Remember how your parents used to tell you that your bad grades and deeds in high school would follow you forever and then you found out they were wrong on most of that? Well it is a bit different in the work world.
Lots of people that are laid off from positions at good companies hope to rejoin the company in the future as the economy picks up and more openings appear. But it's very important to remember: if you were laid off from a position, there was a reason why. It could just be that you were one of several X's in your division and the company demanded that managers cut 55% of the X's in the group. Or, it could be that your performance, while acceptable, wasn't stellar.
Before you reapply at your old company, think about your last 1-2 performance reviews. Just because legally you are eligible for rehire doesn't mean that you will *be* rehired. Do recruiters and hiring managers check your past performance with the company? You bet your sweet button they do.
There are a several large organizations in the Seattle area that are desirable employers; many of them have downsized over the years here or there. And although oftn prior work experience is desirable, if a candidate had a lackluster or poor performance history, not all the amazing projects they worked on since, will change an employer from being risk averse to a known (documented) quantity to being willing to have to justify to senior management the decision to hire a "known" poor performer.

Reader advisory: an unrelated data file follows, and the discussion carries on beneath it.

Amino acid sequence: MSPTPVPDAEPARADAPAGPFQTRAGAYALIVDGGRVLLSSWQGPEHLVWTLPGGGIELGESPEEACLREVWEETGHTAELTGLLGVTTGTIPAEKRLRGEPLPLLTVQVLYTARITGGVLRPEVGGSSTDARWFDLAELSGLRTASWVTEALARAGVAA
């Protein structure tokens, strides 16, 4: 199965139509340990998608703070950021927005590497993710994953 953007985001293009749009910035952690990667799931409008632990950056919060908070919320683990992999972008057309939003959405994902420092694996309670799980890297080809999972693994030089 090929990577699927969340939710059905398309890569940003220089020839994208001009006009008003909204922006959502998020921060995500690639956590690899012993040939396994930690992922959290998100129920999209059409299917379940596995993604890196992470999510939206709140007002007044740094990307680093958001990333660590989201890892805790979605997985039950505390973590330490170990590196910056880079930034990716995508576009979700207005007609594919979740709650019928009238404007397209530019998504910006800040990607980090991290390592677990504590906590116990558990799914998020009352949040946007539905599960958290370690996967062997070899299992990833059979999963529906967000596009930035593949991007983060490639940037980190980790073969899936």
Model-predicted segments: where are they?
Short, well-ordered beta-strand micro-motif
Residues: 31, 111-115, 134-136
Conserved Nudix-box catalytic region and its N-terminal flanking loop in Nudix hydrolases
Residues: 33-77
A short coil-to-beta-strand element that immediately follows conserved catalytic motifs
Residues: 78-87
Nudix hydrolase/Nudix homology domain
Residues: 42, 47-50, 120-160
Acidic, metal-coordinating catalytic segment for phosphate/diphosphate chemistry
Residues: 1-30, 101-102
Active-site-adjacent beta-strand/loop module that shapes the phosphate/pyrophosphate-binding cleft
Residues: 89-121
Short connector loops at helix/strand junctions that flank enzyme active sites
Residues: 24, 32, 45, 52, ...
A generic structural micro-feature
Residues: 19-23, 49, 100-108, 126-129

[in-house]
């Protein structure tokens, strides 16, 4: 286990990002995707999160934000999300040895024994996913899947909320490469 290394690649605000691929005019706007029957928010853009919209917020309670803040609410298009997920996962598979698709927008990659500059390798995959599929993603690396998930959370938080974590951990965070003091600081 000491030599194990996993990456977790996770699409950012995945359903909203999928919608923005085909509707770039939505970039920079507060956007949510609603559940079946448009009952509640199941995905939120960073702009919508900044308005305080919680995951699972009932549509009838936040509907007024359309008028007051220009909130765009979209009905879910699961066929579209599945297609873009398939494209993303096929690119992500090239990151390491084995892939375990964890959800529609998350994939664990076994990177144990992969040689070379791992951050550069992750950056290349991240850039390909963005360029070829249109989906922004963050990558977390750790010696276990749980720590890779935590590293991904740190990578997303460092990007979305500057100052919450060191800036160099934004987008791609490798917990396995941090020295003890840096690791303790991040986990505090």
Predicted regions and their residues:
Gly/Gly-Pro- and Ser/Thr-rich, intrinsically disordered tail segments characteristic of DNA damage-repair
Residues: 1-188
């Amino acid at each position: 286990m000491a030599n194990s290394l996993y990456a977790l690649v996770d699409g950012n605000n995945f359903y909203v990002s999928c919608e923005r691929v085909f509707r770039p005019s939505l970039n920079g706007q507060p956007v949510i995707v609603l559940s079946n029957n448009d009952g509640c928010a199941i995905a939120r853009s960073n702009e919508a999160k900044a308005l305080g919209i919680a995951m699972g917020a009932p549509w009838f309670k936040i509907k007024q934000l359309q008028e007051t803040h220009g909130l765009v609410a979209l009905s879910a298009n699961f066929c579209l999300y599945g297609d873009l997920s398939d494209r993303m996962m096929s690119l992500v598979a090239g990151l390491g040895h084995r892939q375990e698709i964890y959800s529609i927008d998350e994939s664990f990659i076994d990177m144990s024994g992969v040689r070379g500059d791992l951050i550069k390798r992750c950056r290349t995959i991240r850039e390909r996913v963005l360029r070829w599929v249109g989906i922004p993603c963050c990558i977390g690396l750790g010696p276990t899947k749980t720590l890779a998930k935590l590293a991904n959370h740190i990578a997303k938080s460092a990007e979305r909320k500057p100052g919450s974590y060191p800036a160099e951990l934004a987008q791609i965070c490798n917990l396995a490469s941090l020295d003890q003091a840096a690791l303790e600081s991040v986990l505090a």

In addition to your documented performance history, there is also your reputation, based upon your actions and treatment of former co-workers, many of whom may have stayed with (or kept in contact with) the company. "Blackballing" can be based on badmouthing and politicking, and unfortunately is difficult to prove. I was recently having this conversation with a former coworker, who had found out that someone she had worked with was bad-mouthing her.
The first situation is pretty much impossible to overcome. You just have to deal with it and move on. In the second situation, you may be able to do some damage control if you still have friends and colleagues willing to vouch for you and that may be aware of your work and the person bearing the grudge, and why they may be speaking out against you. (Jealousy, feels threatened, personal issues spilling over into work? I know folks that fall into all these categories.)
Be realistic, and realize that just because you *want* to go back, you may not be welcome. If you do really feel that you are the right fit for the company, then work your hardest to become a recognized expert in your field so that they will come courting *you*.
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